"I always remember writing it because I did it during July, when there was a massive heatwave.

"It seemed a little ironic to be sitting in my little studio in Edinburgh in my shorts, sweating profusely, and writing about Christmas and jingle bells."

Shaky snapped up the song and it is still among the most played records each December.

"I knew from the minute I wrote it that it would be a hit," said Heatlie. "I had a real spark when I finished it - it just had that factor that makes something a success."

However, it signalled the beginning of the end of Shakin' Stevens's career, and a simultaneous decline in Heatlie's fortunes.

"I went through a bad period for a few years, with divorce and things," he said. "With Shaky, I think he just went out of fashion. I don't think it was having a Christmas number one that did for him." Heatlie, now 58, lives in Edinburgh and still earns about £8,000 a year from "Merry Christmas Everyone".

"It's not a huge amount but it's a nice little pension," he said.

"When I wrote the song I didn't have a very good publishing deal but that was sorted out later and the money is very useful." He now writes incidental music for and children's programmes and other television shows.

Shaky, real name Michael Barratt, is now 56 and was recently treated for heart trouble.

Recalling the song now, Heatlie says: "I'm quite proud of it, really. It may not be a musical masterpiece but it's very catchy and good fun and that's all people want from a Christmas single."

He has tried to get back into songwriting, penning a tune for Tina Arena. "I'm not sure when it's going to be released," he admits.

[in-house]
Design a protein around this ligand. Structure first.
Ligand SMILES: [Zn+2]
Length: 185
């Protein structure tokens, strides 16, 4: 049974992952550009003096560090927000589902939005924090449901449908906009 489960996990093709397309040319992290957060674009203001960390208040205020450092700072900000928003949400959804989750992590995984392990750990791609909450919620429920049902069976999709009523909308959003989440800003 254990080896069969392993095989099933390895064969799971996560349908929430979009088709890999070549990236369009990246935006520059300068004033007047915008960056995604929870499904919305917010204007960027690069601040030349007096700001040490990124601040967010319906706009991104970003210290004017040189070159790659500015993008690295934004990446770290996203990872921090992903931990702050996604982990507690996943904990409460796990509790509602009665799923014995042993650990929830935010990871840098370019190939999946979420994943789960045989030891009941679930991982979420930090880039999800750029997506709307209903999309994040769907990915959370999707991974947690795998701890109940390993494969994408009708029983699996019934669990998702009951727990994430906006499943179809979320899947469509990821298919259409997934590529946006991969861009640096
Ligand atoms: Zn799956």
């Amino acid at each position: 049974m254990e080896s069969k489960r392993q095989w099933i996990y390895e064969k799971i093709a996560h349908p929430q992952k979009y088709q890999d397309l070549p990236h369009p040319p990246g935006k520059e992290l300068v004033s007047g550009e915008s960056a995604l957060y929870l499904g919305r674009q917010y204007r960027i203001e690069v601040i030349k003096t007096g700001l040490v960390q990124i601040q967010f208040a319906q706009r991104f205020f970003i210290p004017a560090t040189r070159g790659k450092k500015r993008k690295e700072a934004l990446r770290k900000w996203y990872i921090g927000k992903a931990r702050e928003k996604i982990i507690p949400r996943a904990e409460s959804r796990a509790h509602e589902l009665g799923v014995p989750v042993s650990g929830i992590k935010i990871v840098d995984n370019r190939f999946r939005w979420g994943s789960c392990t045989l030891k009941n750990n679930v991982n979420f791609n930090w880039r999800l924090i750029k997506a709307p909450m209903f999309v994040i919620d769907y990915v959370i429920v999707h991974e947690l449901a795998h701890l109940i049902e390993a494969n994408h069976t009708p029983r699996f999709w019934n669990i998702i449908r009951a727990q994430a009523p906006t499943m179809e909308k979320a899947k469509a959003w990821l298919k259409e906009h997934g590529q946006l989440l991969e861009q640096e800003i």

'Gaudete' - Steeleye Span

Reached No 14 in 1973. Originated in 15th-century Germany

In all its long history, "Gaudete" was probably the first and only time that an unaccompanied medieval carol, sung in Latin, was ever performed on Top of the Pops. Although it was not their own song, it will forever be associated with Steeleye Span, stalwarts for more than three decades of the English folk-rock scene, and is still a regular fixture in Christmas playlists as well as their own performances.

The song has its origins in 15th century Germany and is traditionally linked to Gaudete Sunday, the third Sunday in Advent. It was brought to them by Bob Johnson, then the band guitarist, who had first heard it in his father-in-law's church in Cambridge. "From memory, I think he sang it to us at the rehearsal rooms we were using at the Irish Club in Eton Square in London. It just seemed right for us because close harmonies were very much part of our thing," said Maddy Prior, the group's singer then and now.

The song was recorded at a studio off the Fulham Road and released by Chrysalis, who had signed the group.